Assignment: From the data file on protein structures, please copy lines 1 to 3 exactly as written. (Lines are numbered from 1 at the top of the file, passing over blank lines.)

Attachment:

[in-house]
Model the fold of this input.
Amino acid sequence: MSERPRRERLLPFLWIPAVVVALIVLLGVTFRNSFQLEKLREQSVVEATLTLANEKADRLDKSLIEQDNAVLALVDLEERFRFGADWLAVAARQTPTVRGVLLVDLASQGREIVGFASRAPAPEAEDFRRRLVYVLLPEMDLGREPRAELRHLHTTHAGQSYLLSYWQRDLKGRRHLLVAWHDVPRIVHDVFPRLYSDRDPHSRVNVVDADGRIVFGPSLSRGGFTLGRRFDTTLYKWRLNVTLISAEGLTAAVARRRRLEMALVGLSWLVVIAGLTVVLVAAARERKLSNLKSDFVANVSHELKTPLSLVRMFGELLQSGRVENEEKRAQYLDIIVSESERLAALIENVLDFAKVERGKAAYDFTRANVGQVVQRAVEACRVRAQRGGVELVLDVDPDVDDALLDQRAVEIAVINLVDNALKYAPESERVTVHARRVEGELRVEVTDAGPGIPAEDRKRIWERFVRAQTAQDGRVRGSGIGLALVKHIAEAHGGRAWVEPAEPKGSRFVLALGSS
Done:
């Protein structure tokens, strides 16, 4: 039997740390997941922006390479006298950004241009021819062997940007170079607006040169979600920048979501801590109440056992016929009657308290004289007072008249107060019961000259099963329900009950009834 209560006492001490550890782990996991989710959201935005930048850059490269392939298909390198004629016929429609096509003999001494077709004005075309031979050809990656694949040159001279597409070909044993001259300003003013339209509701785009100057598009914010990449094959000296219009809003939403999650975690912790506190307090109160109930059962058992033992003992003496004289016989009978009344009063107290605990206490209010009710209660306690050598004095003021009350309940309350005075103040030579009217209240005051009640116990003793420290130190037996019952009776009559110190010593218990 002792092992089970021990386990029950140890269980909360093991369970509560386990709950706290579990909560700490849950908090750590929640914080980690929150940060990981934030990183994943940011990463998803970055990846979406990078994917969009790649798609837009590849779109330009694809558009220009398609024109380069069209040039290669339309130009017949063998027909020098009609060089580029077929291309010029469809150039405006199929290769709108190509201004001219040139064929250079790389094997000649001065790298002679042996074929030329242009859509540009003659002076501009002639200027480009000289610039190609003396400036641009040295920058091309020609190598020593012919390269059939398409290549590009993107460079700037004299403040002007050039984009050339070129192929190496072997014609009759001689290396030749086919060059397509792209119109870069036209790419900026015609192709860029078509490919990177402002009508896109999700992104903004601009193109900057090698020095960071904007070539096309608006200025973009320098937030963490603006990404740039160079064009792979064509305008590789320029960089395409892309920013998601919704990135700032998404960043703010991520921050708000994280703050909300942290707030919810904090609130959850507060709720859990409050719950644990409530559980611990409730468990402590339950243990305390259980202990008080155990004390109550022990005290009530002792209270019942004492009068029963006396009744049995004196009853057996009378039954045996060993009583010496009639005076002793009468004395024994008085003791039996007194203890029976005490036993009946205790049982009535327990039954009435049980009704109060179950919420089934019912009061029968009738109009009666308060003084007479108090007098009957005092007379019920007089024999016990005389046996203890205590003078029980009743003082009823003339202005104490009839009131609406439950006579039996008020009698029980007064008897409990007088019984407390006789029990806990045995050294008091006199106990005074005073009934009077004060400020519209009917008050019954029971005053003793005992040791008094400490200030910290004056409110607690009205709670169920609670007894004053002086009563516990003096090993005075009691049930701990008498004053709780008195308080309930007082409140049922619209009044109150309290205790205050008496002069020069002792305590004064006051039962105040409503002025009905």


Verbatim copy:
[in-house]
Model the fold of this input.
Amino acid sequence: MSERPRRERLLPFLWIPAVVVALIVLLGVTFRNSFQLEKLREQSVVEATLTLANEKADRLDKSLIEQDNAVLALVDLEERFRFGADWLAVAARQTPTVRGVLLVDLASQGREIVGFASRAPAPEAEDFRRRLVYVLLPEMDLGREPRAELRHLHTTHAGQSYLLSYWQRDLKGRRHLLVAWHDVPRIVHDVFPRLYSDRDPHSRVNVVDADGRIVFGPSLSRGGFTLGRRFDTTLYKWRLNVTLISAEGLTAAVARRRRLEMALVGLSWLVVIAGLTVVLVAAARERKLSNLKSDFVANVSHELKTPLSLVRMFGELLQSGRVENEEKRAQYLDIIVSESERLAALIENVLDFAKVERGKAAYDFTRANVGQVVQRAVEACRVRAQRGGVELVLDVDPDVDDALLDQRAVEIAVINLVDNALKYAPESERVTVHARRVEGELRVEVTDAGPGIPAEDRKRIWERFVRAQTAQDGRVRGSGIGLALVKHIAEAHGGRAWVEPAEPKGSRFVLALGSS